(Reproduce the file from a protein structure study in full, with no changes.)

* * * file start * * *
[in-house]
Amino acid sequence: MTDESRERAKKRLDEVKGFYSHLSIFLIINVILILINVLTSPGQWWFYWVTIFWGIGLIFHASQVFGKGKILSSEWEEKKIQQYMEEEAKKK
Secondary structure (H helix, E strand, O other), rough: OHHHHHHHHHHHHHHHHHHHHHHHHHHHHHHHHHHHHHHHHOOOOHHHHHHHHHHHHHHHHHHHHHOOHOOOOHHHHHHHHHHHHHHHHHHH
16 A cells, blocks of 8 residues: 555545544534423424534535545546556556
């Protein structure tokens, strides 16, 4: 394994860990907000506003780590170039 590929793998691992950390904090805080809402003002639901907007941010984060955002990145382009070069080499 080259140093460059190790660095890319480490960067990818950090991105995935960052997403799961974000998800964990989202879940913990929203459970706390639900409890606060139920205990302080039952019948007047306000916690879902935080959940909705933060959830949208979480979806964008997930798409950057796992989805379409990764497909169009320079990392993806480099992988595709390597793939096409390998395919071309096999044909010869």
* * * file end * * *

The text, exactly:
[in-house]
Amino acid sequence: MTDESRERAKKRLDEVKGFYSHLSIFLIINVILILINVLTSPGQWWFYWVTIFWGIGLIFHASQVFGKGKILSSEWEEKKIQQYMEEEAKKK
Secondary structure (H helix, E strand, O other), rough: OHHHHHHHHHHHHHHHHHHHHHHHHHHHHHHHHHHHHHHHHOOOOHHHHHHHHHHHHHHHHHHHHHOOHOOOOHHHHHHHHHHHHHHHHHHH
16 A cells, blocks of 8 residues: 555545544534423424534535545546556556
């Protein structure tokens, strides 16, 4: 394994860990907000506003780590170039 590929793998691992950390904090805080809402003002639901907007941010984060955002990145382009070069080499 080259140093460059190790660095890319480490960067990818950090991105995935960052997403799961974000998800964990989202879940913990929203459970706390639900409890606060139920205990302080039952019948007047306000916690879902935080959940909705933060959830949208979480979806964008997930798409950057796992989805379409990764497909169009320079990392993806480099992988595709390597793939096409390998395919071309096999044909010869």